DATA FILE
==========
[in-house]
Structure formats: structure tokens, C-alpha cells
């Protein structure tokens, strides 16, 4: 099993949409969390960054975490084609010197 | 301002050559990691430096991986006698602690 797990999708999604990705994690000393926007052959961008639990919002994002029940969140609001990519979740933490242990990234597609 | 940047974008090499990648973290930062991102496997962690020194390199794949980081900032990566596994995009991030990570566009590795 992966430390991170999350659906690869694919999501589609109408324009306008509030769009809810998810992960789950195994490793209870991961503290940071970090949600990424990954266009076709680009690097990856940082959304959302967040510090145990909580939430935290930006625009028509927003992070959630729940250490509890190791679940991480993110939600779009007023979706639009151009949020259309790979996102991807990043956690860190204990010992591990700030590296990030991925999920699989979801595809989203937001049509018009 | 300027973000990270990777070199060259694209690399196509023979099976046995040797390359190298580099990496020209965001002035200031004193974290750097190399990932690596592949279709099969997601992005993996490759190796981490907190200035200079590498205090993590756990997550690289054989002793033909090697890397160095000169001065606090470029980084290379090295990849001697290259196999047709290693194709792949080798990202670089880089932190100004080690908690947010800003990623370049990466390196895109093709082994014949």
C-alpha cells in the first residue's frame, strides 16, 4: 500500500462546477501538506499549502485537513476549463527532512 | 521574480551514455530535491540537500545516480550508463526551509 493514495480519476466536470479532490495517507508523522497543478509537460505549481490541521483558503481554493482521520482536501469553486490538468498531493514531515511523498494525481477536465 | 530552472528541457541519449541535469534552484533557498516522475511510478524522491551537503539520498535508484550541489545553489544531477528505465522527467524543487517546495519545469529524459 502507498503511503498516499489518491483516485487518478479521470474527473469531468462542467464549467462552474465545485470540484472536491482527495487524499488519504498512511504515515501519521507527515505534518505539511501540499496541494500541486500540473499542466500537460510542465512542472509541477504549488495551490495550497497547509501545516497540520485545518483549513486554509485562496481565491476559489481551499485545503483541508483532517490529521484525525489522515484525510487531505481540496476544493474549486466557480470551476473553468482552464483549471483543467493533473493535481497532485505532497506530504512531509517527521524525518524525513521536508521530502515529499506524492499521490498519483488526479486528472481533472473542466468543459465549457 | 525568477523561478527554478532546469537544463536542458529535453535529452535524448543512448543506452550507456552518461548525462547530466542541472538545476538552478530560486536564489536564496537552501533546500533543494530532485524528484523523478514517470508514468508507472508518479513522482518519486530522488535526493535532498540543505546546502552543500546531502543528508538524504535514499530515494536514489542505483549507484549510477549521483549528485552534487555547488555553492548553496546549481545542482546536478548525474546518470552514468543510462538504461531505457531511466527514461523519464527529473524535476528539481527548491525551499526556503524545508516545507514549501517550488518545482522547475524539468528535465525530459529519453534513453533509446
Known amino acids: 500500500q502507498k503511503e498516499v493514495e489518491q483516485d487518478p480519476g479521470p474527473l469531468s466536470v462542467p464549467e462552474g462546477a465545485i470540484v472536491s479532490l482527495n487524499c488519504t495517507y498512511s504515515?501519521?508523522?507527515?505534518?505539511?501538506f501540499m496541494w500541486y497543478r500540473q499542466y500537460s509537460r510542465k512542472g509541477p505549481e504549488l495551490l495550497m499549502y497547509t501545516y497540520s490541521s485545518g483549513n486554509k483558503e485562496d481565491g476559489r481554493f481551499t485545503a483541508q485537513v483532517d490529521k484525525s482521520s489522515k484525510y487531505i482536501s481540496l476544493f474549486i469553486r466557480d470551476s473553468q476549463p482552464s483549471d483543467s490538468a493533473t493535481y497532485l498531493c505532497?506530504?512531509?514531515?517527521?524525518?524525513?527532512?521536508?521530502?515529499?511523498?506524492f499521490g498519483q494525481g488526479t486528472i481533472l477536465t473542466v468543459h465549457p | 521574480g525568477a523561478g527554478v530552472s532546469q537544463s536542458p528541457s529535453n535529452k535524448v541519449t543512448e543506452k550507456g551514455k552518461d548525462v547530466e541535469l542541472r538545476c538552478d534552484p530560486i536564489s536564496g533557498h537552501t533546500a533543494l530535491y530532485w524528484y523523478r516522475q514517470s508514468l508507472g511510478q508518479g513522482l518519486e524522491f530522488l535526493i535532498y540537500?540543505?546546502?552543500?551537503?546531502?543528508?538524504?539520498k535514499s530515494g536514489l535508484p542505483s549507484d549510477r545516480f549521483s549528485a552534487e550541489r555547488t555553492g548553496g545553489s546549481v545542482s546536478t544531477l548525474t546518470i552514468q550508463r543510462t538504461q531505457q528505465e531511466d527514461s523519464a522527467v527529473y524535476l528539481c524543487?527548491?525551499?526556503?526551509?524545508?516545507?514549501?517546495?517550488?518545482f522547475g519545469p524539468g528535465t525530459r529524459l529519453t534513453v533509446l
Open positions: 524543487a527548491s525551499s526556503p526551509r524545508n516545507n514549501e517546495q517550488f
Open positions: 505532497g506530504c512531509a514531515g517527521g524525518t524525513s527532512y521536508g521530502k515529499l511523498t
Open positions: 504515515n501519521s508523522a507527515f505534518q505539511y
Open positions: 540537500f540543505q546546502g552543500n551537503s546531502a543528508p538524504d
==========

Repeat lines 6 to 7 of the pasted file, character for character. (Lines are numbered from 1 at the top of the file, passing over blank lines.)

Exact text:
Open positions: 524543487a527548491s525551499s526556503p526551509r524545508n516545507n514549501e517546495q517550488f
Open positions: 505532497g506530504c512531509a514531515g517527521g524525518t524525513s527532512y521536508g521530502k515529499l511523498t